Stocks drop as jobless claims rise unexpectedly
Stocks are falling after the Labor Department said claims for unemployment benefits rose unexpectedly last week, renewing concerns about the pace of the economic recovery.
The disappointing news about the jobs market Thursday came minutes after news that Intel Corp. was acquiring McAfee Inc. The acquisition, valued at $7.68 billion, is helping to cushion the blow from the jump in unemployment benefit claims.
The two announcements are the latest to provide a conflicting picture of the recovery.
The Dow Jones industrial average is down 39.66, or 0.4 percent, at 10,378.61. The Standard & Poor's 500 index is down 3.99, or 0.4 percent, at 1,090.17, while the Nasdaq composite index is down 9.05, or 0.4 percent, at 2,206.65.
THIS IS A BREAKING NEWS UPDATE. Check back soon for further information. AP's earlier story is below.
NEW YORK (AP) — Stock futures retreated Thursday after the Labor Department said claims for unemployment benefits rose unexpectedly, renewing concerns about the pace of a recovery.
The disappointing news about the jobs market came minutes after futures got a lift from news that Intel Corp. was acquiring McAfee Inc. The acquisition, valued at $7.68 billion, helped cushion the fall from the jump in unemployment benefit claims.
The two announcements are the latest to provide a conflicting picture of the recovery. Economic reports have regularly shown the pace of a rebound is slowing and companies are skittish about adding new workers. That has hurt stocks on some days in recent weeks. It has also stoked fears about the economy falling back into recession.
At the same time, corporate announcements, including earnings reports for the past six weeks, have largely showed companies are doing well. Mergers and acquisitions activity is often considered a positive sign because it means companies are willing to spend money to grow their businesses and are confident that business prospects are improving.
The Labor Department said initial claims for unemployment benefits rose by 12,000 to 500,000 last week from an upwardly revised 488,000 a week earlier. Economists polled by Thomson Reuters forecast claims would fall slightly.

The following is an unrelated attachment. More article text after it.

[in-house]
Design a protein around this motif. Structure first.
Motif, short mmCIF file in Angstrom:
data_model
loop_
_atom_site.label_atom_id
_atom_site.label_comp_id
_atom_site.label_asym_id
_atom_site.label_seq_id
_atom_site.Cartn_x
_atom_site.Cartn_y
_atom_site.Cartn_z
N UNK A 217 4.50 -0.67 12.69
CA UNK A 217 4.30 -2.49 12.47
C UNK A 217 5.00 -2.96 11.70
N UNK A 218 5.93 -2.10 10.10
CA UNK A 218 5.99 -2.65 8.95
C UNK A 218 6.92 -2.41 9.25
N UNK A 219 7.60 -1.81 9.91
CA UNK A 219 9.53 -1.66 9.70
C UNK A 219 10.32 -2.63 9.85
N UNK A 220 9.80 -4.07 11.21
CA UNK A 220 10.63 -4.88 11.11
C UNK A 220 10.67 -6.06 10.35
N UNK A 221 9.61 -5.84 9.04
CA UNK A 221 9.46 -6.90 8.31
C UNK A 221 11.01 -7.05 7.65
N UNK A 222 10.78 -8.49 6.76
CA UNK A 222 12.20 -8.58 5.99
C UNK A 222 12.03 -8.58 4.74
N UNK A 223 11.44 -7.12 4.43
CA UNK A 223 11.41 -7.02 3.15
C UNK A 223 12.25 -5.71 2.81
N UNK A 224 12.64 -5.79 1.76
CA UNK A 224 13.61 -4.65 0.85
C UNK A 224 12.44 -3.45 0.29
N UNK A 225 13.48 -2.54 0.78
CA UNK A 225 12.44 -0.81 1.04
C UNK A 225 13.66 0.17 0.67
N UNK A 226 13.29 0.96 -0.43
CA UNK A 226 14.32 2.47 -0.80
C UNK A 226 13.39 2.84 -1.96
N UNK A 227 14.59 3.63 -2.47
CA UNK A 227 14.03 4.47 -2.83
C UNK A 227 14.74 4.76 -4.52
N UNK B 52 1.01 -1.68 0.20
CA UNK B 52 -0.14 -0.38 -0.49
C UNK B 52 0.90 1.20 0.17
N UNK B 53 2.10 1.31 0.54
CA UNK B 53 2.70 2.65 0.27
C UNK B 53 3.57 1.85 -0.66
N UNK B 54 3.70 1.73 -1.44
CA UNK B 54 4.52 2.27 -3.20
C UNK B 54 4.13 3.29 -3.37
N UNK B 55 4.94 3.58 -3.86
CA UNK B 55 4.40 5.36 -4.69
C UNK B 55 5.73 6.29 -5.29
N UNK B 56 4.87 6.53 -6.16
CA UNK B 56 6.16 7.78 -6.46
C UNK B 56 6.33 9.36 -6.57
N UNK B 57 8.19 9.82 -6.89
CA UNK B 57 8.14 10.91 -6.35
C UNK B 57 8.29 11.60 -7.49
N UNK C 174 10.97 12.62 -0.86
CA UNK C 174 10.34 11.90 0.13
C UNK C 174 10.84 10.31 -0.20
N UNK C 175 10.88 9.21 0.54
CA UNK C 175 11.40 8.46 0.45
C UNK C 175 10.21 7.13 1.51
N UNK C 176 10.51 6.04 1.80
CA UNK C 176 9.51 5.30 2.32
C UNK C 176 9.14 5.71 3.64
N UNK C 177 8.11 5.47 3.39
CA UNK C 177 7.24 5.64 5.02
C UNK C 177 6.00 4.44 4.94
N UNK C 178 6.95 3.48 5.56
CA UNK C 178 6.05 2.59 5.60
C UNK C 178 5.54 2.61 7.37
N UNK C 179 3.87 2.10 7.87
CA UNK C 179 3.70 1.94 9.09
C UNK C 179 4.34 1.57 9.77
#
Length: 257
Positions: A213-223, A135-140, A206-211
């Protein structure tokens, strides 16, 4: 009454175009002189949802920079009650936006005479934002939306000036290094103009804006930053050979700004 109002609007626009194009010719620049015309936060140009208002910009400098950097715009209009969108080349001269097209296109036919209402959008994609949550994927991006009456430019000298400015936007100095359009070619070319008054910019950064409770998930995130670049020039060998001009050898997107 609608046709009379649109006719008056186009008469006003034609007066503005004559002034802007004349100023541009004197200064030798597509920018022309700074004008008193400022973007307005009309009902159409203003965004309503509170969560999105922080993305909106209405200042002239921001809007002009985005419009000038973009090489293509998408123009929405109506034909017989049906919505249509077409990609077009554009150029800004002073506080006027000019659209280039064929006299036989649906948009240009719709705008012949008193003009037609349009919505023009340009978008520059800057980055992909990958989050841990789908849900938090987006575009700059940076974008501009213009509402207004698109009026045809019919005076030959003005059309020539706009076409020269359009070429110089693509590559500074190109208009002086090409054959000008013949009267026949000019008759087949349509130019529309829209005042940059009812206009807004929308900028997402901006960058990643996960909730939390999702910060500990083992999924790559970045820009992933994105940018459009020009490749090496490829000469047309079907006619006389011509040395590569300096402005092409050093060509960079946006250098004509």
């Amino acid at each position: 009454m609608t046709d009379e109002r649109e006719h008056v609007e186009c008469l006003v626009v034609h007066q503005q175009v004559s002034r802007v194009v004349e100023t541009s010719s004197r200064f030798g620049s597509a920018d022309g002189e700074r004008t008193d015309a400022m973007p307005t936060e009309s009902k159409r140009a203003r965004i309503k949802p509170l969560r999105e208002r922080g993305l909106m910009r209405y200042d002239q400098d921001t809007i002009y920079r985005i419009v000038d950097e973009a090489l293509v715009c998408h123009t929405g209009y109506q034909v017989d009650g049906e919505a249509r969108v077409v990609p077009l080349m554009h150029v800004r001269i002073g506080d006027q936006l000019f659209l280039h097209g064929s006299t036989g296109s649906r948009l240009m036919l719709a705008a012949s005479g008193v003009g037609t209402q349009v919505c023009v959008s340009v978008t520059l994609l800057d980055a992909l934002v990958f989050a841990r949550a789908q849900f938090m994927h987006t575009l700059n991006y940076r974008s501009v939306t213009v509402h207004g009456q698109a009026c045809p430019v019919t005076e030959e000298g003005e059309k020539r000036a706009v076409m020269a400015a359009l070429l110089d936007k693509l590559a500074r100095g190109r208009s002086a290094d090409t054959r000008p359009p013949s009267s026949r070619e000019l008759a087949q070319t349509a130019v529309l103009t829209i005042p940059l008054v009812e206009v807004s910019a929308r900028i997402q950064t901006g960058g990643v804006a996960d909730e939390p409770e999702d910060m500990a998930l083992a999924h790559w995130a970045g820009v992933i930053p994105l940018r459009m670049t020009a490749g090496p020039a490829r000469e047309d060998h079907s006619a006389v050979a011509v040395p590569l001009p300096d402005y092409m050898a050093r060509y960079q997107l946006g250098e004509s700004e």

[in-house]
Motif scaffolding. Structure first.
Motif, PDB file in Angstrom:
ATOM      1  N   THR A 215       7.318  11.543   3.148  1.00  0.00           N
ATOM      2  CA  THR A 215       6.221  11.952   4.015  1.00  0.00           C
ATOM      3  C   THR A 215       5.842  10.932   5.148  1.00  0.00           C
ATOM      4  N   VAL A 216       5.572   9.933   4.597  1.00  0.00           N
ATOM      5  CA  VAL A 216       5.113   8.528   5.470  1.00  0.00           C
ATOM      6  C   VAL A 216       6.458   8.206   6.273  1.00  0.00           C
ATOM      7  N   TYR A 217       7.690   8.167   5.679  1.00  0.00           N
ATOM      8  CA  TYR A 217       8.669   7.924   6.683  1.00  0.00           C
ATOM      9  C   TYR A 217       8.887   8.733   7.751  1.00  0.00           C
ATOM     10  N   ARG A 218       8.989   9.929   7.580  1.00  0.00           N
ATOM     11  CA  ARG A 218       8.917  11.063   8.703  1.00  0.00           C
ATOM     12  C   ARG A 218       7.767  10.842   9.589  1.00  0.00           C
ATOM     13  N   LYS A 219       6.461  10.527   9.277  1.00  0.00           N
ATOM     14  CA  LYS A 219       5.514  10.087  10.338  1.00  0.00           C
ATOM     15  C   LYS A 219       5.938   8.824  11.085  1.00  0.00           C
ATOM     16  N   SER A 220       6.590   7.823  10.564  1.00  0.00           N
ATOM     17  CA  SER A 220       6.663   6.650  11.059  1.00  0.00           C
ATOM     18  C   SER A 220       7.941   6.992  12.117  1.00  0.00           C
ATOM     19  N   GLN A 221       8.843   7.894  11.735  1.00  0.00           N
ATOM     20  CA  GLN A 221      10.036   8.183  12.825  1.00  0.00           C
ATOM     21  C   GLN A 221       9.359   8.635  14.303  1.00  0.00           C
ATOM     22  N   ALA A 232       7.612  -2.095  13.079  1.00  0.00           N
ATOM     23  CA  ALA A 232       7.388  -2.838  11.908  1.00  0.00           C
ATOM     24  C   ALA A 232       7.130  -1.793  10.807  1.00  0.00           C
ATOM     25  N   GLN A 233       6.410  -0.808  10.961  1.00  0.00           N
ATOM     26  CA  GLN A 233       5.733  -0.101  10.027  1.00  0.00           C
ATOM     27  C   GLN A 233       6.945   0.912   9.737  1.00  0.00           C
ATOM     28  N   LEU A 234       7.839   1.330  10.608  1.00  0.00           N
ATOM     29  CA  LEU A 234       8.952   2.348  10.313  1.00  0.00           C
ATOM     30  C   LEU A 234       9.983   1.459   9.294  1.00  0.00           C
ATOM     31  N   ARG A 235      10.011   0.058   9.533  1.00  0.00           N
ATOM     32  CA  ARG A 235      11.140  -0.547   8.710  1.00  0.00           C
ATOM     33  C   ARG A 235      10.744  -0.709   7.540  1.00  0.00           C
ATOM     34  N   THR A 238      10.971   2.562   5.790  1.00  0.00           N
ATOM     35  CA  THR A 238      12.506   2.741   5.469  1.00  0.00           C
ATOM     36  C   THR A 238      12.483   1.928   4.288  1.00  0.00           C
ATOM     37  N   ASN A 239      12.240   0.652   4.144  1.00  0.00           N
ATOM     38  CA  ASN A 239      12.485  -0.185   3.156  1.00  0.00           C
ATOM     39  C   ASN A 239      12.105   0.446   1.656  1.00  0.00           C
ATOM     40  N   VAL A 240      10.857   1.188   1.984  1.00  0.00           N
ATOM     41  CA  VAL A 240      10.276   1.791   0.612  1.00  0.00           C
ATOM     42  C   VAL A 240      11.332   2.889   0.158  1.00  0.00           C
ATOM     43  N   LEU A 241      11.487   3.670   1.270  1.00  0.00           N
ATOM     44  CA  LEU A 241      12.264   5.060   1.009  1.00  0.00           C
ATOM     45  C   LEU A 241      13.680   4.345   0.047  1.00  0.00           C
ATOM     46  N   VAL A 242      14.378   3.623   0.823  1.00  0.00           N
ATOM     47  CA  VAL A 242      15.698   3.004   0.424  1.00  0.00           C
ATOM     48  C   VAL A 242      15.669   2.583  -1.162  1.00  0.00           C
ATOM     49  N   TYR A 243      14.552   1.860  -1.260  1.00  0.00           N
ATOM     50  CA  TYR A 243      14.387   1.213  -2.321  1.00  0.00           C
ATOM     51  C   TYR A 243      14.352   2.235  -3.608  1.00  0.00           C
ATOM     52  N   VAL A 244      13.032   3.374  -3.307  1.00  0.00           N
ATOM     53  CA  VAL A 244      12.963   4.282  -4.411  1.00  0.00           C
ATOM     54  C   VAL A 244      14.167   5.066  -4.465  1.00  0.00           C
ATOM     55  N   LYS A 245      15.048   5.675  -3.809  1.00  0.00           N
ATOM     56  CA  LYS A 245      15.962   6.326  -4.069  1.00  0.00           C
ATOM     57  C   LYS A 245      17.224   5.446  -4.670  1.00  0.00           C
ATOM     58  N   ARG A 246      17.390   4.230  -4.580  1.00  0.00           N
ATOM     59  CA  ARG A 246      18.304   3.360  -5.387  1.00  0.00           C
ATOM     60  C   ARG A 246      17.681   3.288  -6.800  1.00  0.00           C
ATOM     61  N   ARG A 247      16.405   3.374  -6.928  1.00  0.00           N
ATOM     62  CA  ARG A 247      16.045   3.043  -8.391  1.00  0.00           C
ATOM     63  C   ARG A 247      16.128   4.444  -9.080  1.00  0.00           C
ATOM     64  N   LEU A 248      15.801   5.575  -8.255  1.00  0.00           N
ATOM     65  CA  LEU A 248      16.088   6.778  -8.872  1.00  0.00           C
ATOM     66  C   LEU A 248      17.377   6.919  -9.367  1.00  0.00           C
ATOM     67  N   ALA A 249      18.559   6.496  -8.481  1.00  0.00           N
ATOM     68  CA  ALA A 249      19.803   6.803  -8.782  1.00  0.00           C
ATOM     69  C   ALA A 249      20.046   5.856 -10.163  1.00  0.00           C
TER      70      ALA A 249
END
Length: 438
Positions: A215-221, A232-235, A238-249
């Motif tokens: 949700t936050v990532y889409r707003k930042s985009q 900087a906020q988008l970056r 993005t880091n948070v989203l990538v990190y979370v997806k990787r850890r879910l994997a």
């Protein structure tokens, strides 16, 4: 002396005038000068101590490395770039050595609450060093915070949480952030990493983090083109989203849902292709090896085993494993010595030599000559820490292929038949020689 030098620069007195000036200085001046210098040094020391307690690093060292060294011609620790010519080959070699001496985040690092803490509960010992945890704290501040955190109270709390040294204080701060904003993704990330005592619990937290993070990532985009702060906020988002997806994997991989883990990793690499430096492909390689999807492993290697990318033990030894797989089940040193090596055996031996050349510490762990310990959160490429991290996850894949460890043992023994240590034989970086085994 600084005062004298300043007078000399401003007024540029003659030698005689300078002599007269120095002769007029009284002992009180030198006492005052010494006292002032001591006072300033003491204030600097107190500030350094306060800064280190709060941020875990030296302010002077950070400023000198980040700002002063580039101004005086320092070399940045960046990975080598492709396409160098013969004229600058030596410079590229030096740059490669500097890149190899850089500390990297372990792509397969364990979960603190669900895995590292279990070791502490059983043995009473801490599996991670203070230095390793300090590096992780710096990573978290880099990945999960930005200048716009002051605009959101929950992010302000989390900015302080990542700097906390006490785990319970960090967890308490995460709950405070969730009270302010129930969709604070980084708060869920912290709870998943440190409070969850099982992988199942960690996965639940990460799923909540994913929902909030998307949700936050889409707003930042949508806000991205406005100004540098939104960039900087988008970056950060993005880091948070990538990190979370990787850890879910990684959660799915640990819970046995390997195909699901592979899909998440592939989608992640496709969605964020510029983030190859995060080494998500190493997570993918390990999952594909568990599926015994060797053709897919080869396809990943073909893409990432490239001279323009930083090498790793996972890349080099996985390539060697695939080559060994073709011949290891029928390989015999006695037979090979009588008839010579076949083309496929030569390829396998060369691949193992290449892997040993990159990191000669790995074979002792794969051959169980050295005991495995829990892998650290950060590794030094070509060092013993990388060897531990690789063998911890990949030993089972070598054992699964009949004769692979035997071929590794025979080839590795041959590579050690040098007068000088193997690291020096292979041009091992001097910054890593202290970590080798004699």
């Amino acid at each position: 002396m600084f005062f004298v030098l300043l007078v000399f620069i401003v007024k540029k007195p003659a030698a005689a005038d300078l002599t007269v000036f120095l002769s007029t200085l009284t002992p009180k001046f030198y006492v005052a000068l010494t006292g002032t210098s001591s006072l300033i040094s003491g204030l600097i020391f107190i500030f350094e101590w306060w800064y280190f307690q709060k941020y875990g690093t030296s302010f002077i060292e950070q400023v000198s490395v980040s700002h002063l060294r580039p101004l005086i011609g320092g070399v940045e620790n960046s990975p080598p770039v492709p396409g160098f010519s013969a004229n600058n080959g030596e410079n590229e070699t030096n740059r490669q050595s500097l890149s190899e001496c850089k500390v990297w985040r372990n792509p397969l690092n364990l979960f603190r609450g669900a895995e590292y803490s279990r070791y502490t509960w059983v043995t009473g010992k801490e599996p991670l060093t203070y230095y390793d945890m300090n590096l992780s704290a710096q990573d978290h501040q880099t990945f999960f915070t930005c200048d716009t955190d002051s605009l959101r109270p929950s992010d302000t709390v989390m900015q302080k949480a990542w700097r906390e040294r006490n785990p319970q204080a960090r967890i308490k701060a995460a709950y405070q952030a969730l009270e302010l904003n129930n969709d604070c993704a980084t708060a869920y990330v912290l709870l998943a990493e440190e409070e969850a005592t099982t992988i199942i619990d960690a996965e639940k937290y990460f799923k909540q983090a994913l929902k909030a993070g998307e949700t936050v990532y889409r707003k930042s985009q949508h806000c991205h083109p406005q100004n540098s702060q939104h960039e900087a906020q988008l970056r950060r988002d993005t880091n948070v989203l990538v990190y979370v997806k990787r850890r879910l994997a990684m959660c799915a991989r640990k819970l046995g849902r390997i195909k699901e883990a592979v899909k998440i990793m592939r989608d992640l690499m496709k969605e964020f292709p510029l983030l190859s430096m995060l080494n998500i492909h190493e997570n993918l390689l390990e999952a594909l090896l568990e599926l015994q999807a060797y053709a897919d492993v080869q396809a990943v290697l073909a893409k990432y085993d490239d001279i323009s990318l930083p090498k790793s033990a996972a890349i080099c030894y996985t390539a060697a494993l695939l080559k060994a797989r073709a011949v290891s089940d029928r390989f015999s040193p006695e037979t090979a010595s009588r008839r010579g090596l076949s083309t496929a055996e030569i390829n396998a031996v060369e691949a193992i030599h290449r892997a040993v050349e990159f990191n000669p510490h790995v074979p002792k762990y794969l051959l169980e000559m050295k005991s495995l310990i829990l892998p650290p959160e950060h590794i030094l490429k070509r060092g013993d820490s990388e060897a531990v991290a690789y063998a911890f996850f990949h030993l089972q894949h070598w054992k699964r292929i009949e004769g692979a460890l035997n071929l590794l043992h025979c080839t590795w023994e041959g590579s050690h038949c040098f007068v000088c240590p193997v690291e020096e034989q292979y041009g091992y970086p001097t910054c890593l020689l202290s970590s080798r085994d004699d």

High unemployment is considered the biggest hurdle to a stronger recovery because people worried about jobs have scaled back their spending. Consumer spending accounts for the bulk of the country's economic activity.
Ahead of the opening bell, Dow Jones industrial average futures fell 11, or 0.1 percent, to 10,341. Standard & Poor's 500 index futures fell 1.00, or 0.1 percent, to 1,085.70, while Nasdaq 100 index futures fell 2.25, or 0.1 percent, to 1,834.50.
The Dow has risen the past two days, climbing 1.1 percent during that stretch.
Volume has been particularly light in recent weeks, even by summer standards, meaning many investors are still uncertain about the direction of the economy. If economic reports over the coming months continues to show the economy is growing, even slowly, it could alleviate fears of a second recession. That, in turn, could bring many investors back into the stock market.
Investors will get two other readings on the economy later in the morning when the Federal Reserve Bank of Philadelphia reports on regional manufacturing activity and the Conference Board releases its index on leading economic indicators. Both are expected to show modest improvements.
The Philly Fed index is expected to report an increase in activity, following a similar report from the New York Fed last week. Economists expect the Philly Fed survey to rise to 7 in August from 5.1 last month. Any reading above 0 indicates growth in the sector.
Manufacturing activity had shown consistent growth earlier this year as the recovery took hold. But over the summer, activity has waned a bit. So signs of new growth would add further reassurances that the economy is still growing.
The Conference Board's index of leading economic indicators likely rose 0.2 percent last month after falling a month earlier. The index tries to predict economic activity over the next three to six months, so a rise in the index would indicate the economy is likely to grow during the second half of the year.
Both reports are due out at 10 a.m. EDT.
Chip maker Intel is buying computer-security software maker McAfee in an all-cash deal for $48 per share. McAfee shares surged $17.37, or 58 percent, to $47.30 in pre-opening trading. Intel shares fell 46 cents, or 2.4 percent, to $19.13 after the deal was announced.
In other corporate news, Sears Holdings Corp. reported its second-quarter loss was cut in half as profit margins improved at its Kmart chain. But revenue at stores open at least a year, a key measure of strength in the retail industry, fell during the quarter. Sears shares dipped 8 cents to $67.17.
Bond prices erased most of their losses after the weak jobs report. Investors often move into the safety of government bonds when there are signs the economy is not strong. The yield on the 10-year Treasury note, which moves opposite its price, rose to 2.66 percent from 2.64 percent late Wednesday. Its yield is often used to help set interest rates on mortgages and other consumer loans.
Overseas, Britain's FTSE 100 fell 0.5 percent, Germany's DAX index fell 0.5 percent, and France's CAC-40 dropped 0.5 percent. Japan's Nikkei stock average rose 1.3 percent.